The Down South Aboriginal Health Service Team in conjunction with the Manjimup Shire and CRC had planned a lovely day planting bush tucker plants along a walking trail in the Manjimup Heritage Park. Little did they know, that the weather would be what it is today. Wild and wet!
The Shire of Manjimup permitted the use some of the established trails within the Heritage Park (Timber Park) that they had put aside for Indigenous uses.
Nonetheless, a few dedicated troupers still attended, participated and planted. No doubt bonded by the communal saturation.
There were volunteers from the Manjimup Bridgetown Times and the local Community Resource Centre to ensure all the plants went in to the ground. At least they will get a solid start to put down good roots for future growth.
Down South Aboriginal Health Program Manager, Miranda Kelleher said, “everyone who came did some planting and had a fantastic day out, despite the rain!!”
Thanks to Bunnings for the generous donation of all the bush tucker plants. And for also providing some volunteers who got into the spirit with the young at heart enjoying jumping in the (many) puddles.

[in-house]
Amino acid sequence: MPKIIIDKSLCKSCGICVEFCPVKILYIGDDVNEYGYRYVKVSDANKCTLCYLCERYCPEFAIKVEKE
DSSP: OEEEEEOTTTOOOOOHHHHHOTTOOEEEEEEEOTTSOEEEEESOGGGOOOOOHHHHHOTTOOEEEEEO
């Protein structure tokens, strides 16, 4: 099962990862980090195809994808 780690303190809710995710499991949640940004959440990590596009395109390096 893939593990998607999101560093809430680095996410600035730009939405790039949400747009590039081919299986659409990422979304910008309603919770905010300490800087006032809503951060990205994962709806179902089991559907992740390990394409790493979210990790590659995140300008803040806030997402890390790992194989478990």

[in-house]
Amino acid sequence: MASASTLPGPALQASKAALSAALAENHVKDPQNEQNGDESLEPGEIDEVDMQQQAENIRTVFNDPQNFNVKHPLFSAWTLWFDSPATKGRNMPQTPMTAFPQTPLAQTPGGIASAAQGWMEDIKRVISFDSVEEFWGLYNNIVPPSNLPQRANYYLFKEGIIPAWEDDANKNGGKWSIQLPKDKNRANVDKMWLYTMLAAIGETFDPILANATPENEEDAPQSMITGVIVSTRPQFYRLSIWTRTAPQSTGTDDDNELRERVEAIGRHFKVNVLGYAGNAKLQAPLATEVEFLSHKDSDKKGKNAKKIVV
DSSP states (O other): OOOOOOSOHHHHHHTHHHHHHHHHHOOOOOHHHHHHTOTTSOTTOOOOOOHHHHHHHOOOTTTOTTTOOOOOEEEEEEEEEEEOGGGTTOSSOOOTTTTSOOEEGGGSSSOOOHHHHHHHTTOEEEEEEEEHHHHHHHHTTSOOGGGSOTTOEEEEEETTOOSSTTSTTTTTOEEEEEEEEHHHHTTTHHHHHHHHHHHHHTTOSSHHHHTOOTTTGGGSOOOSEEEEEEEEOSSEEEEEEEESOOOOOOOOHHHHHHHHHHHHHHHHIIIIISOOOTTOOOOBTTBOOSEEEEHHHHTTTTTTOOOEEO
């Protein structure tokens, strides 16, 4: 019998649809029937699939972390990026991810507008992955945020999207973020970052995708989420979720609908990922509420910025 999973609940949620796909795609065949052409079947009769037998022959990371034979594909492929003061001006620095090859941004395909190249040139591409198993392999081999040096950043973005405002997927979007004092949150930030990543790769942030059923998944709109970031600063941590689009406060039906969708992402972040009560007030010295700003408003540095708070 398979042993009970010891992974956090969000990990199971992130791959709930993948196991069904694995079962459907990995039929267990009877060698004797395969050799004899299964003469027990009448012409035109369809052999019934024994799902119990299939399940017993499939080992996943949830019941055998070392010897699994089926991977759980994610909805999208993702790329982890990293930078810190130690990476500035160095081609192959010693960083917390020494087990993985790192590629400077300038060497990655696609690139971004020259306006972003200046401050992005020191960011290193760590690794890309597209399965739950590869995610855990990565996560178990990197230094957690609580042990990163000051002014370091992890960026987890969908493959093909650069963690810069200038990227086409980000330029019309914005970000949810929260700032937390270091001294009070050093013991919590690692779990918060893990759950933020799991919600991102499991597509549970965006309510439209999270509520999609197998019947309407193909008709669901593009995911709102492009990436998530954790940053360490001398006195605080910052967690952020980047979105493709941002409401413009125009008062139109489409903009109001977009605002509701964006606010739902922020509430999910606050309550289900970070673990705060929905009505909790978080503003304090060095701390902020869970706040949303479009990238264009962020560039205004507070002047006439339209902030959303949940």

Hot drinks, juice, water and cakes were provided for sustenance, but we think that the one thing everyone was looking forward to the most was getting home to a hot shower!
Hopefully, when the weather warms up, and our plants are a little bigger we can enjoy a sausage sizzle under the gazebo and enjoy trying the Bush Tucker we planted today ( along with the plants already establishes along the walking trails).
The GP down south team don’t often get the opportunity asses the impact they make on lives every day. Our staff do what they do because they believe in helping others and believe in their community.
At the recent Organisation Development Day, staff came together to hear how we impact lives across the programs and services we deliver. We heard about the 360 degree support clients receive when our staff get the referral. Often there are co-occuring issues standing between the person and optimal health.
In addressing the primary health concern, staff often discover broader issues are in play. The way staff engage with clients include, as the health professional they have been referred to, advocate in engaging other services to support them and as a coordinator with allied health services.
When someone is able to enjoy the forest right outside their door or finally understands the consequences of their drinking on their diabetes and other aspects of their life or when they can join friends at a party because of the help we have given, then we know we are making a difference.
“The service has made a huge difference to my health and well being. I feel fully supported to be able to improve my life.” “This service has saved me. I honestly don't know what would have happened without it. I am so grateful